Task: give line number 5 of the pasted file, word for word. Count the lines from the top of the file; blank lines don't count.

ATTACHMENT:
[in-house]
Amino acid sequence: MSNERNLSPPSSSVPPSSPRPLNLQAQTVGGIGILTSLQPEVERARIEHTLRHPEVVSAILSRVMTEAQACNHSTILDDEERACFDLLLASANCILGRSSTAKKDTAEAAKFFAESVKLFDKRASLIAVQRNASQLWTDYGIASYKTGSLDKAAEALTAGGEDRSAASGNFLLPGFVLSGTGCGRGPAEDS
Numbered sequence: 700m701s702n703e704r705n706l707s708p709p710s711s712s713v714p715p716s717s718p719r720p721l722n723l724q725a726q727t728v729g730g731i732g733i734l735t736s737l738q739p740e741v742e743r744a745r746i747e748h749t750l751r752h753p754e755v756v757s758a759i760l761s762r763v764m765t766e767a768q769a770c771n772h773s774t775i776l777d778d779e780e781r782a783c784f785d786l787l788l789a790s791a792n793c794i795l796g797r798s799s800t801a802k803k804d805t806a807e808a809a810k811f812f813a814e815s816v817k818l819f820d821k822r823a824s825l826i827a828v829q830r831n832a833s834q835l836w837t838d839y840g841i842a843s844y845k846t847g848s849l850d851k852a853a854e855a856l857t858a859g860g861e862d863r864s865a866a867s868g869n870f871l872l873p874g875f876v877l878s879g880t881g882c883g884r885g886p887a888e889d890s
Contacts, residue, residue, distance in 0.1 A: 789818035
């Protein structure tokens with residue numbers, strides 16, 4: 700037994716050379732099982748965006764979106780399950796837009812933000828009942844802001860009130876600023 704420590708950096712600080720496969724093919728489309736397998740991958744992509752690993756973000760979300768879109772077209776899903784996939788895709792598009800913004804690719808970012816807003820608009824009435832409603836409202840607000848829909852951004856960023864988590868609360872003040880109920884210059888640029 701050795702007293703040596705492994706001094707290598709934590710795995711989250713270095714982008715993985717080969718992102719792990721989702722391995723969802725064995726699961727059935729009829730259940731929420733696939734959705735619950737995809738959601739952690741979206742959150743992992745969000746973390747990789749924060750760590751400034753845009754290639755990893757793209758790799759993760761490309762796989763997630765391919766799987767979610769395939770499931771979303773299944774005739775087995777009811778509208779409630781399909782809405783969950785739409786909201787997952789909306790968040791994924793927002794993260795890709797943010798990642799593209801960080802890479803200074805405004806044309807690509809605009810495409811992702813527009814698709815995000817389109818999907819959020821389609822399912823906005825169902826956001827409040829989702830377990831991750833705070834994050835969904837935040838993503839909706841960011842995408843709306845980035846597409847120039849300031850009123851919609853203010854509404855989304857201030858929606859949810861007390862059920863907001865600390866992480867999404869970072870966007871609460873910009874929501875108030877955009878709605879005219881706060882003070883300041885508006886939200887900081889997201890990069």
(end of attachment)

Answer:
């Protein structure tokens with residue numbers, strides 16, 4: 700037994716050379732099982748965006764979106780399950796837009812933000828009942844802001860009130876600023 704420590708950096712600080720496969724093919728489309736397998740991958744992509752690993756973000760979300768879109772077209776899903784996939788895709792598009800913004804690719808970012816807003820608009824009435832409603836409202840607000848829909852951004856960023864988590868609360872003040880109920884210059888640029 701050795702007293703040596705492994706001094707290598709934590710795995711989250713270095714982008715993985717080969718992102719792990721989702722391995723969802725064995726699961727059935729009829730259940731929420733696939734959705735619950737995809738959601739952690741979206742959150743992992745969000746973390747990789749924060750760590751400034753845009754290639755990893757793209758790799759993760761490309762796989763997630765391919766799987767979610769395939770499931771979303773299944774005739775087995777009811778509208779409630781399909782809405783969950785739409786909201787997952789909306790968040791994924793927002794993260795890709797943010798990642799593209801960080802890479803200074805405004806044309807690509809605009810495409811992702813527009814698709815995000817389109818999907819959020821389609822399912823906005825169902826956001827409040829989702830377990831991750833705070834994050835969904837935040838993503839909706841960011842995408843709306845980035846597409847120039849300031850009123851919609853203010854509404855989304857201030858929606859949810861007390862059920863907001865600390866992480867999404869970072870966007871609460873910009874929501875108030877955009878709605879005219881706060882003070883300041885508006886939200887900081889997201890990069």